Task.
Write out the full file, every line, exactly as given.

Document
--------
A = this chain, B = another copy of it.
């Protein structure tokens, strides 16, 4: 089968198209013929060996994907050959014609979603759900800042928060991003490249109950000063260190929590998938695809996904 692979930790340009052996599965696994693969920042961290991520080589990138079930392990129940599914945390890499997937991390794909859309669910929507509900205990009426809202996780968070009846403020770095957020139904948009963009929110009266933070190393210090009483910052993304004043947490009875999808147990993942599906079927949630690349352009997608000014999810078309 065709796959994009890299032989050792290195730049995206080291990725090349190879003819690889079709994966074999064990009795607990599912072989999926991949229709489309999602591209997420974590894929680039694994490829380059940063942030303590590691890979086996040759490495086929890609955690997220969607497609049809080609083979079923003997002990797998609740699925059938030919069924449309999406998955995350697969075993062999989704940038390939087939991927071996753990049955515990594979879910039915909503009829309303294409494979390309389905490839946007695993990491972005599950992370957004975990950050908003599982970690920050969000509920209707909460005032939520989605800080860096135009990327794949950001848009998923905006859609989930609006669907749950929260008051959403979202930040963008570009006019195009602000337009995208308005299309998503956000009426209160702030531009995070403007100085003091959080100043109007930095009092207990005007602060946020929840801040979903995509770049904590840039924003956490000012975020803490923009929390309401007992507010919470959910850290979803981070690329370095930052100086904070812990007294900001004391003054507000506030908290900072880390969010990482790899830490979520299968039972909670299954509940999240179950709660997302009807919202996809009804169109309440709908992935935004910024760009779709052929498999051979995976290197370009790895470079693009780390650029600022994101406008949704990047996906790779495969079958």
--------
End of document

A = this chain, B = another copy of it.
């Protein structure tokens, strides 16, 4: 089968198209013929060996994907050959014609979603759900800042928060991003490249109950000063260190929590998938695809996904 692979930790340009052996599965696994693969920042961290991520080589990138079930392990129940599914945390890499997937991390794909859309669910929507509900205990009426809202996780968070009846403020770095957020139904948009963009929110009266933070190393210090009483910052993304004043947490009875999808147990993942599906079927949630690349352009997608000014999810078309 065709796959994009890299032989050792290195730049995206080291990725090349190879003819690889079709994966074999064990009795607990599912072989999926991949229709489309999602591209997420974590894929680039694994490829380059940063942030303590590691890979086996040759490495086929890609955690997220969607497609049809080609083979079923003997002990797998609740699925059938030919069924449309999406998955995350697969075993062999989704940038390939087939991927071996753990049955515990594979879910039915909503009829309303294409494979390309389905490839946007695993990491972005599950992370957004975990950050908003599982970690920050969000509920209707909460005032939520989605800080860096135009990327794949950001848009998923905006859609989930609006669907749950929260008051959403979202930040963008570009006019195009602000337009995208308005299309998503956000009426209160702030531009995070403007100085003091959080100043109007930095009092207990005007602060946020929840801040979903995509770049904590840039924003956490000012975020803490923009929390309401007992507010919470959910850290979803981070690329370095930052100086904070812990007294900001004391003054507000506030908290900072880390969010990482790899830490979520299968039972909670299954509940999240179950709660997302009807919202996809009804169109309440709908992935935004910024760009779709052929498999051979995976290197370009790895470079693009780390650029600022994101406008949704990047996906790779495969079958």